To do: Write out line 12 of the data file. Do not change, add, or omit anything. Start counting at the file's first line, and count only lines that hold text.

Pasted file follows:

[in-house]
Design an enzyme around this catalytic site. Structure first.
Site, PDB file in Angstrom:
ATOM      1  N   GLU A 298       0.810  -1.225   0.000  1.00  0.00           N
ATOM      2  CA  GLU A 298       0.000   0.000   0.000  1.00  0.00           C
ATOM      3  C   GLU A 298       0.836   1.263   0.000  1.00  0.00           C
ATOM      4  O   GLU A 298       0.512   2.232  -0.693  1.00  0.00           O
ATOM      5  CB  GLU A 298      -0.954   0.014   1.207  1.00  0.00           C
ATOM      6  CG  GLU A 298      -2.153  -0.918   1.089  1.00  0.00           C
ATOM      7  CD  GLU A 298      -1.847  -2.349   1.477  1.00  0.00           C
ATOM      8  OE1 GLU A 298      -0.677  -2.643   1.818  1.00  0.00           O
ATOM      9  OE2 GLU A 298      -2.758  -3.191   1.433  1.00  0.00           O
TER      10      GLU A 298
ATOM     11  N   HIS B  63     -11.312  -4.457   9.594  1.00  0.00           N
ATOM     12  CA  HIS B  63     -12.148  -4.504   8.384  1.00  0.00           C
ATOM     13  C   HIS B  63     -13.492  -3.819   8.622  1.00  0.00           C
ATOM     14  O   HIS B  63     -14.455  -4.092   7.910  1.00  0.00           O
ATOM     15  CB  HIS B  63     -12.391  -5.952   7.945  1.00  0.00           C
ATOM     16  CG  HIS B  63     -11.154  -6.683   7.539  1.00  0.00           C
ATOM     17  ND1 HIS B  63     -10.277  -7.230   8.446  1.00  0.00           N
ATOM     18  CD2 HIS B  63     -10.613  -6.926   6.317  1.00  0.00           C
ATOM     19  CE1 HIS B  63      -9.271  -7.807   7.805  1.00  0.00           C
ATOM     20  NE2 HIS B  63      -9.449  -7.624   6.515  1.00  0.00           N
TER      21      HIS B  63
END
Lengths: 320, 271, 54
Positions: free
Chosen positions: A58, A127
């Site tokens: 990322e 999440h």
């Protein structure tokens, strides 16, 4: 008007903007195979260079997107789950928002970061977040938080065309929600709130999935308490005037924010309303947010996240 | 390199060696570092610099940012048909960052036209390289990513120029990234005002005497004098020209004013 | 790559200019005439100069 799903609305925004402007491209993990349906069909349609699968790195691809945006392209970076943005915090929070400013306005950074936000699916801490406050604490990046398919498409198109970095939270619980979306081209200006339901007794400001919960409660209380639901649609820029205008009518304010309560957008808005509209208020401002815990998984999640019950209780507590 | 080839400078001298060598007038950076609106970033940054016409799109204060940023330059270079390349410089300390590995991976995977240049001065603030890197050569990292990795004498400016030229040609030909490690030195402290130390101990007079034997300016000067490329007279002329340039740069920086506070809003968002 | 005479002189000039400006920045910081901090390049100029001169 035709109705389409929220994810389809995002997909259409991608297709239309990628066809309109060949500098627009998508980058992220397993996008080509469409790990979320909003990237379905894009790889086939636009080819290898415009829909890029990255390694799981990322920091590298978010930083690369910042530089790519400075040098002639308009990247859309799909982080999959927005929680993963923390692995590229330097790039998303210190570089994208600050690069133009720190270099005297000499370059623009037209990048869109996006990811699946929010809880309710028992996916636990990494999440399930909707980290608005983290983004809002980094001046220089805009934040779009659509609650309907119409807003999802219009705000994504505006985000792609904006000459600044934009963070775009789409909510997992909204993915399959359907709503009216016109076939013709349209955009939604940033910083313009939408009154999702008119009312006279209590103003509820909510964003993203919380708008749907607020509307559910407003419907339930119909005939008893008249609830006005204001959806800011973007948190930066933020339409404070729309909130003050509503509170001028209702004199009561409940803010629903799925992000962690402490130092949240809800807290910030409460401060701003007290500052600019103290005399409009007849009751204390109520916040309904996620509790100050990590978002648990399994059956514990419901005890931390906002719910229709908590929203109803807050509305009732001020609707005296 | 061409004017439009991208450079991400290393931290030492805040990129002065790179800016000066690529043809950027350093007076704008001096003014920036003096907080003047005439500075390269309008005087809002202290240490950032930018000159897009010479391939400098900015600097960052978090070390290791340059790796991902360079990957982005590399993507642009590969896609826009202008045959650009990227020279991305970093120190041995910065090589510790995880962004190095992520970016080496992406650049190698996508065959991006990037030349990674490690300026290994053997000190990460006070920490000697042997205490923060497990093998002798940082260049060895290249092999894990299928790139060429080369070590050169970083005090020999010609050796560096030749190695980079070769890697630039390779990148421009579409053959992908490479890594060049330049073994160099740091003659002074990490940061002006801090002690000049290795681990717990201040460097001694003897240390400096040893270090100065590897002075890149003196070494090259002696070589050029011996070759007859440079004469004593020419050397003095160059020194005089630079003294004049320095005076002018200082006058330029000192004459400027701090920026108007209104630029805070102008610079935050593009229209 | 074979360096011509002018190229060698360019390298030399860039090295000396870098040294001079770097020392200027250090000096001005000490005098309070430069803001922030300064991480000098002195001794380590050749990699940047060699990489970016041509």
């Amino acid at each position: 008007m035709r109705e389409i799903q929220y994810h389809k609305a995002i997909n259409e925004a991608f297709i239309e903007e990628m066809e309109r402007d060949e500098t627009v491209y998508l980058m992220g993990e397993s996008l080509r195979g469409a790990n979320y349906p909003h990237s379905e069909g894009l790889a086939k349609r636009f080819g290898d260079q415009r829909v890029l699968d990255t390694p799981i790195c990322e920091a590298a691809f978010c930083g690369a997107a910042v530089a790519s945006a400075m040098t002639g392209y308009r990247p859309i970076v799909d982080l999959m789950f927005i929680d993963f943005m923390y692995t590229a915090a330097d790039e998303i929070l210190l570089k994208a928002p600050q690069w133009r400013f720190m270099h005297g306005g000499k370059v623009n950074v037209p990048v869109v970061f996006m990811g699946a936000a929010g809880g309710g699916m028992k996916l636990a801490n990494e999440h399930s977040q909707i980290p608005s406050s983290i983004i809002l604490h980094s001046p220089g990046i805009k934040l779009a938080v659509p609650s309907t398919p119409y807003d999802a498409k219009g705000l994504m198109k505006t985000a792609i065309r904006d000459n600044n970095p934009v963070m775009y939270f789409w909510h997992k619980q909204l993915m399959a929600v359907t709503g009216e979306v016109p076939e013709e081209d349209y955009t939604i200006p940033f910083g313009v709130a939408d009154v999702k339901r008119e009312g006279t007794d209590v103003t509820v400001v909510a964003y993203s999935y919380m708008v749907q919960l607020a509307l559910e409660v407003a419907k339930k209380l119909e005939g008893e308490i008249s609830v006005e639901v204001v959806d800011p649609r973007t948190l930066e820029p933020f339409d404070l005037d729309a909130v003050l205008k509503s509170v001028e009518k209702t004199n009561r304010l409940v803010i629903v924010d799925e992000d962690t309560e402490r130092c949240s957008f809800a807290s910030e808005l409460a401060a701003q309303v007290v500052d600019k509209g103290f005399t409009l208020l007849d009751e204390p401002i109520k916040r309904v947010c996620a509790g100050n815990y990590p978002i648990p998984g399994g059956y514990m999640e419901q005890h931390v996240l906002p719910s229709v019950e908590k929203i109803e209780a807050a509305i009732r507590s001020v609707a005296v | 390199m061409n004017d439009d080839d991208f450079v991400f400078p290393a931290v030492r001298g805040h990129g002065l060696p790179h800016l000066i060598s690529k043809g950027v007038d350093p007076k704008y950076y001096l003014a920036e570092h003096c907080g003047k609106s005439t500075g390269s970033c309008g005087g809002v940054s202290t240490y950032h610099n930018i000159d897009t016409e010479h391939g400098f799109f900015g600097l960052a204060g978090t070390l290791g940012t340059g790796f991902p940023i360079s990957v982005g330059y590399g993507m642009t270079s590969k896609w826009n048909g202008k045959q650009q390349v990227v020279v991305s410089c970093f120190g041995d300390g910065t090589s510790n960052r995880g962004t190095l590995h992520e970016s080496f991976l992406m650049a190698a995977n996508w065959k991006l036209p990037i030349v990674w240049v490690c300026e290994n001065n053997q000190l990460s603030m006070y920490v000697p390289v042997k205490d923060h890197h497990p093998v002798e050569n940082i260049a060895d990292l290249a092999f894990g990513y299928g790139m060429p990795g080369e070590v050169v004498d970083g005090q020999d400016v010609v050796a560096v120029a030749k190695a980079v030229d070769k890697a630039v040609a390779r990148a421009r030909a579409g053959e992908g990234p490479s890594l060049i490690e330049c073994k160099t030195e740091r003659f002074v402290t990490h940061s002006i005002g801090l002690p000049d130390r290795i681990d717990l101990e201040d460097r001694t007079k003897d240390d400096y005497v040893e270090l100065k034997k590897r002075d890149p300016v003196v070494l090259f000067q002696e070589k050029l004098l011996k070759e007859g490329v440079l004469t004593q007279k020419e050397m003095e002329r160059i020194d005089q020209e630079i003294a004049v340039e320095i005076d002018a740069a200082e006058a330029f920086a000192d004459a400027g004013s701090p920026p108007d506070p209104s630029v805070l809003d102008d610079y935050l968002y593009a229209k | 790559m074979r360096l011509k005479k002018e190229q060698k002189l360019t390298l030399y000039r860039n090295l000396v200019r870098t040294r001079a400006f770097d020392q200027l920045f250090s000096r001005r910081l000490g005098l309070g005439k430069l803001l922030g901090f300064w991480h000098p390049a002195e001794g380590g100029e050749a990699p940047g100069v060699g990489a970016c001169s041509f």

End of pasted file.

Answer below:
ATOM      9  OE2 GLU A 298      -2.758  -3.191   1.433  1.00  0.00           O